Possible Stages of Internal Controls Control structure is minimally defined. Control occurs incidentally. Control structure is minimally defined, but control processes may occur based on past success and management oversight. Control structure is documented, standardized, and integrated into routine processes for the organization. The financial processes are regularly assessed and consistently controlled without significant management intervention. Detailed measures of the controls are collected and reported. Control processes executed in an efficient and effective manner with little to no management intervention, while achieving the desired risk tolerance. Initial Repeatable Defined Managed Optimizing Internal Control Maturity Model Initial Repeatable Defined Managed Optimizing
Tools (supporting processes) COSO Framework Information & Communication Control Assessment & Improvement Assessment Control Procedures Processes Control Risks Financial Stmts. Documentation Framework External customer Investors Lenders SEC Integrated customer Corp Execs External Auditor
Don’t Forget Information Security Where are most companies falling short? Where could you be out of compliance?
Standards in Information Security Fully developed Security Policies & Procedures Business Continuity / Disaster Recovery Plan Annual (Bi-annual) Vulnerability Assessment Annual (Bi-annual) Penetration Testing Auditing policy implementation and control BCP / DR plan testing So what are the minimum requirements for compliance?
Integrating IT into the Documentation Identify use of supporting technology –Reliance on IT for Process Controls Data integrity controls, Security controls, and Data management controls –Reliance on IT for Reporting Exception processing to identify suspense activity and the process to correct Sources of data reporting (systems, databases, tables)
Long-Term Storage of Reusable Data Vendor master files Customer database Payroll withholding tables Files with customer credit card numbers License agreement files Parameter tables Invoice table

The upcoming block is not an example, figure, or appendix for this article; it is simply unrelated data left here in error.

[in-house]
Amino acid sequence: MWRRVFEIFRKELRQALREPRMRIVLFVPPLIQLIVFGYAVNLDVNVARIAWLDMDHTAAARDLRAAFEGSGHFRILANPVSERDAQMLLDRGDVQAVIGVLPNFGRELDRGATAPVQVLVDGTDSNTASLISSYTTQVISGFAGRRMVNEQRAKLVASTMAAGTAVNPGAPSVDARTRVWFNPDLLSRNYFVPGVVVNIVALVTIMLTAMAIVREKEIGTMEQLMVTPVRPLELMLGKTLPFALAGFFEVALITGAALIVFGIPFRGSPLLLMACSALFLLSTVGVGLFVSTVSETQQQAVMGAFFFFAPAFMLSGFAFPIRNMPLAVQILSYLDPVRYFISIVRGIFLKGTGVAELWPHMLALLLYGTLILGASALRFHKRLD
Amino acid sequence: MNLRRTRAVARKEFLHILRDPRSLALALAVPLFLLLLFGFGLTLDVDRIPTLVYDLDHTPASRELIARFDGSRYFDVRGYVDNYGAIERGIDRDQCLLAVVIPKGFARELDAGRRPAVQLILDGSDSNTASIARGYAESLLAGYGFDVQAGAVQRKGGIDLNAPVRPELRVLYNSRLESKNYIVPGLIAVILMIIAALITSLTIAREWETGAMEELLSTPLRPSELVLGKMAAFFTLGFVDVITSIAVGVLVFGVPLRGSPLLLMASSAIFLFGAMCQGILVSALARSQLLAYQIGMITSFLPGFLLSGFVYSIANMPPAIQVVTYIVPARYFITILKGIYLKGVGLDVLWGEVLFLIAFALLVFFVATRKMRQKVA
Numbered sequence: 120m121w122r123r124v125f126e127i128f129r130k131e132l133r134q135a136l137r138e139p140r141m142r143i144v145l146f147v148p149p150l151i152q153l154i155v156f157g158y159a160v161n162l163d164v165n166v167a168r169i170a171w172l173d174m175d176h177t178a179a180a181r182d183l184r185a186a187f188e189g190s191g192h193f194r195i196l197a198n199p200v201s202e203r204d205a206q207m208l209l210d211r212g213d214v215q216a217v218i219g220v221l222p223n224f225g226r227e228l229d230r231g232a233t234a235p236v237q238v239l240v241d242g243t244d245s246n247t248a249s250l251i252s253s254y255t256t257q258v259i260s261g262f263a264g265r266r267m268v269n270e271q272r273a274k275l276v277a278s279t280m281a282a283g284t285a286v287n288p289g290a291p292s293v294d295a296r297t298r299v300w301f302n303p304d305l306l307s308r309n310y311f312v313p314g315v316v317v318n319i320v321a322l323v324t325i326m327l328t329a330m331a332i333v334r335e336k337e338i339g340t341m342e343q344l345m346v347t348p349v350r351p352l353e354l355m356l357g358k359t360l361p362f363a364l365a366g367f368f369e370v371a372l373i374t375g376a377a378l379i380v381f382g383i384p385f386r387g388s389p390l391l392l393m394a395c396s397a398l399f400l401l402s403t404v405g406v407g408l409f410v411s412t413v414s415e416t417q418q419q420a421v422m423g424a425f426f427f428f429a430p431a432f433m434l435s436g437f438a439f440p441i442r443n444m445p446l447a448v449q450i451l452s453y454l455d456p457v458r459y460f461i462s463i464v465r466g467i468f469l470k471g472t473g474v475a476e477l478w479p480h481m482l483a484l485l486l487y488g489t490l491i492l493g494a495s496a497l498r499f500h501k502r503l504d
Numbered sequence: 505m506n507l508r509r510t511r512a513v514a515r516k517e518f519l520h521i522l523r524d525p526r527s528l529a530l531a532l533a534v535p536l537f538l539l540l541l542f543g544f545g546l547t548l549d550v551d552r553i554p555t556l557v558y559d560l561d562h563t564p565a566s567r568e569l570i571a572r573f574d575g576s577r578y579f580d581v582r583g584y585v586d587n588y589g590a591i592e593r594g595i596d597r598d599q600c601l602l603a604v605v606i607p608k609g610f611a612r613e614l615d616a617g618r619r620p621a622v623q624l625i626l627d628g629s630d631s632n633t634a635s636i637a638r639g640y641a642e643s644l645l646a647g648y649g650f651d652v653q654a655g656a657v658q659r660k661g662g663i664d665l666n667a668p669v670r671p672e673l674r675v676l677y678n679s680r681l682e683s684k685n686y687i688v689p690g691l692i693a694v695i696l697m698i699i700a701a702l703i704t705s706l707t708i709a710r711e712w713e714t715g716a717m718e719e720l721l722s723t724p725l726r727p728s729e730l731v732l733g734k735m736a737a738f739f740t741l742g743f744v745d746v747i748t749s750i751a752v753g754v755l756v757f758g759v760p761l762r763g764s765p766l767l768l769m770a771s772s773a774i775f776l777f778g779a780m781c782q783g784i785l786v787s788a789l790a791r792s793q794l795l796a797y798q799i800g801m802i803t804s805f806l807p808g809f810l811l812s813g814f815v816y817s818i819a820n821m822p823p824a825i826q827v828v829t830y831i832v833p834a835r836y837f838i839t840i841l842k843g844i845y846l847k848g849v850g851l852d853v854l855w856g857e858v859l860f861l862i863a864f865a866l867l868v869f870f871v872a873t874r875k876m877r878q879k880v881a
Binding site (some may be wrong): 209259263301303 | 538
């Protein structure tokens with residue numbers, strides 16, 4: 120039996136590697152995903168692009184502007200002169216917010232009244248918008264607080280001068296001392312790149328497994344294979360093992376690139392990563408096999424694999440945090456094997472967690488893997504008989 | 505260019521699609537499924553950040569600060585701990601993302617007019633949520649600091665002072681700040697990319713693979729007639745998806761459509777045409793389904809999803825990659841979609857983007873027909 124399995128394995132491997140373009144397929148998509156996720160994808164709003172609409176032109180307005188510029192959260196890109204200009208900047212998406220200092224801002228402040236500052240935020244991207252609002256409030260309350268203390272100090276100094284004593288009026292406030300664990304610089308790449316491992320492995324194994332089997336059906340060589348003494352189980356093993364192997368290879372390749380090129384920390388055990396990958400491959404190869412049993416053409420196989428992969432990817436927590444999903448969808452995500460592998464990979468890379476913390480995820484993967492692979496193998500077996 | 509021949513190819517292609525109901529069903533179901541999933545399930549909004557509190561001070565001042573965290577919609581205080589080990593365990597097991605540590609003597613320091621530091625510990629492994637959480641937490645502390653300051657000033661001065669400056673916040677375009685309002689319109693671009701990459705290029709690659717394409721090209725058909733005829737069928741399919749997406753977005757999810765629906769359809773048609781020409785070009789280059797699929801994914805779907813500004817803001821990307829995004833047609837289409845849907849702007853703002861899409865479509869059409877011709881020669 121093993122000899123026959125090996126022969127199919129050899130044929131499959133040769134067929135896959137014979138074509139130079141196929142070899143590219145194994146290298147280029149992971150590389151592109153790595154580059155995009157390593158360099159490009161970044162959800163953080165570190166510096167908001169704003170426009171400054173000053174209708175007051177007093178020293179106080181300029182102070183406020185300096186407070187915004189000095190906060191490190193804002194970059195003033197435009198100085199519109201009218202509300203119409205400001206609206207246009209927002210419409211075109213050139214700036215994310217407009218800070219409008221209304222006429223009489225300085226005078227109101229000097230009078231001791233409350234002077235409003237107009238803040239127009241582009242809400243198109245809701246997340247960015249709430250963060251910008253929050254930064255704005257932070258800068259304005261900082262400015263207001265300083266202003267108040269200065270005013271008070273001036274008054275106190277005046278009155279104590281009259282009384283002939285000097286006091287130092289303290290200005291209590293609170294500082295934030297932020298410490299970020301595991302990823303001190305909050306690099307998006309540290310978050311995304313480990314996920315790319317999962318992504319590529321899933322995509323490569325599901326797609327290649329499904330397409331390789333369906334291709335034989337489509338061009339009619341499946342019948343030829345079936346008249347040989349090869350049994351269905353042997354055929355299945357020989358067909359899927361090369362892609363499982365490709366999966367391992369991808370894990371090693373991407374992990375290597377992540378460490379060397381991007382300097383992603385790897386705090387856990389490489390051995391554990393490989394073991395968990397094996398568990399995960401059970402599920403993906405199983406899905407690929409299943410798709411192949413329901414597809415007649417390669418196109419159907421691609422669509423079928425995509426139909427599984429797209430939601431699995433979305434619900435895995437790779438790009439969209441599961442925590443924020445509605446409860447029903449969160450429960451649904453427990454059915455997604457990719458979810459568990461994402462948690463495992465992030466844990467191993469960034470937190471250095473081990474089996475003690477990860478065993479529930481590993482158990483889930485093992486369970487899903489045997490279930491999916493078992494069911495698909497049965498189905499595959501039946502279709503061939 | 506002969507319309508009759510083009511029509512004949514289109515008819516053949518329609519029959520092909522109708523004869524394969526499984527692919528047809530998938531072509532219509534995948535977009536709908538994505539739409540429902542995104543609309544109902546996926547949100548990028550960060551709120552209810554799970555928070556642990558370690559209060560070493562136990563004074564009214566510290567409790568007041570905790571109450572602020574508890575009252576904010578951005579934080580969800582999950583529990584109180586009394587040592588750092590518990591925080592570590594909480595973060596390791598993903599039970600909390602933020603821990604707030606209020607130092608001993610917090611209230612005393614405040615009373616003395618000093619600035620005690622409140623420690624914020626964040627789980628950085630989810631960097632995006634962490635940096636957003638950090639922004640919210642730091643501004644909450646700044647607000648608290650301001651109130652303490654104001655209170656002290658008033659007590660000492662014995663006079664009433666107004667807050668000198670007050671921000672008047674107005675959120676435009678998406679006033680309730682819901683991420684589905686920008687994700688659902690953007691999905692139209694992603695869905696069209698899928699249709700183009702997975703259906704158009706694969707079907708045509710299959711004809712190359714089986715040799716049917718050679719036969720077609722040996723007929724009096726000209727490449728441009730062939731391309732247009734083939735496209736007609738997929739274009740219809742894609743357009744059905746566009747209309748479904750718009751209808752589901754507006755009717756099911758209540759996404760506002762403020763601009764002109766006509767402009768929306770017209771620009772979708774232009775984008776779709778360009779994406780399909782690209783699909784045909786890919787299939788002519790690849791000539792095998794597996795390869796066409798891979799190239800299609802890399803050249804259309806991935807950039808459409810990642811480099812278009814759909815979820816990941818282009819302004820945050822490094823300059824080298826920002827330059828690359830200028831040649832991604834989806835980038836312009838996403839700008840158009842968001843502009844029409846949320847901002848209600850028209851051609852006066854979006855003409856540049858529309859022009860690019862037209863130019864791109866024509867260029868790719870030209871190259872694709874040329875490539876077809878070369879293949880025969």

Embedded IT Controls Edit and Validating Routines/Controls –Edit checks on the date field of the transactions –Edit checks for incomplete, missing, or invalid data –Validation that customer number exists within the master file –Sequence number validation (detect duplicate or out-of-sequence data) Online authorizations System flags to indicate status (paid, ready for process, etc.) Dollar tolerances for 3-way match Access controls – restricted appropriately –Limit ability to perform certain functions (overrides, adjustments, etc.) –Segregation of duties Audit trails/logs
Interfaces - Control Techniques File transfer integrity – handshake, control totals, record counts, confirmation message Time-stamped, user-stamped and marked with source system transaction Reconciliation between systems (automated balancing or manual) Error detection and processing (error files, exception reports) Recovery procedures
Help management understand there are generally accepted standards in security Understand the business risks: Loss of data integrity and confidentiality Loss of productivity Loss of consumer confidence Exposure to regulatory fines and litigation Assess the current state of your security policies versus these standards Assess the actual state of your implementation Assess the control procedures surrounding security Assess employee awareness of security Periodically review and test policies, procedures and the controls around them Action Items for Compliance
The Year of Change Back to the Basics of Control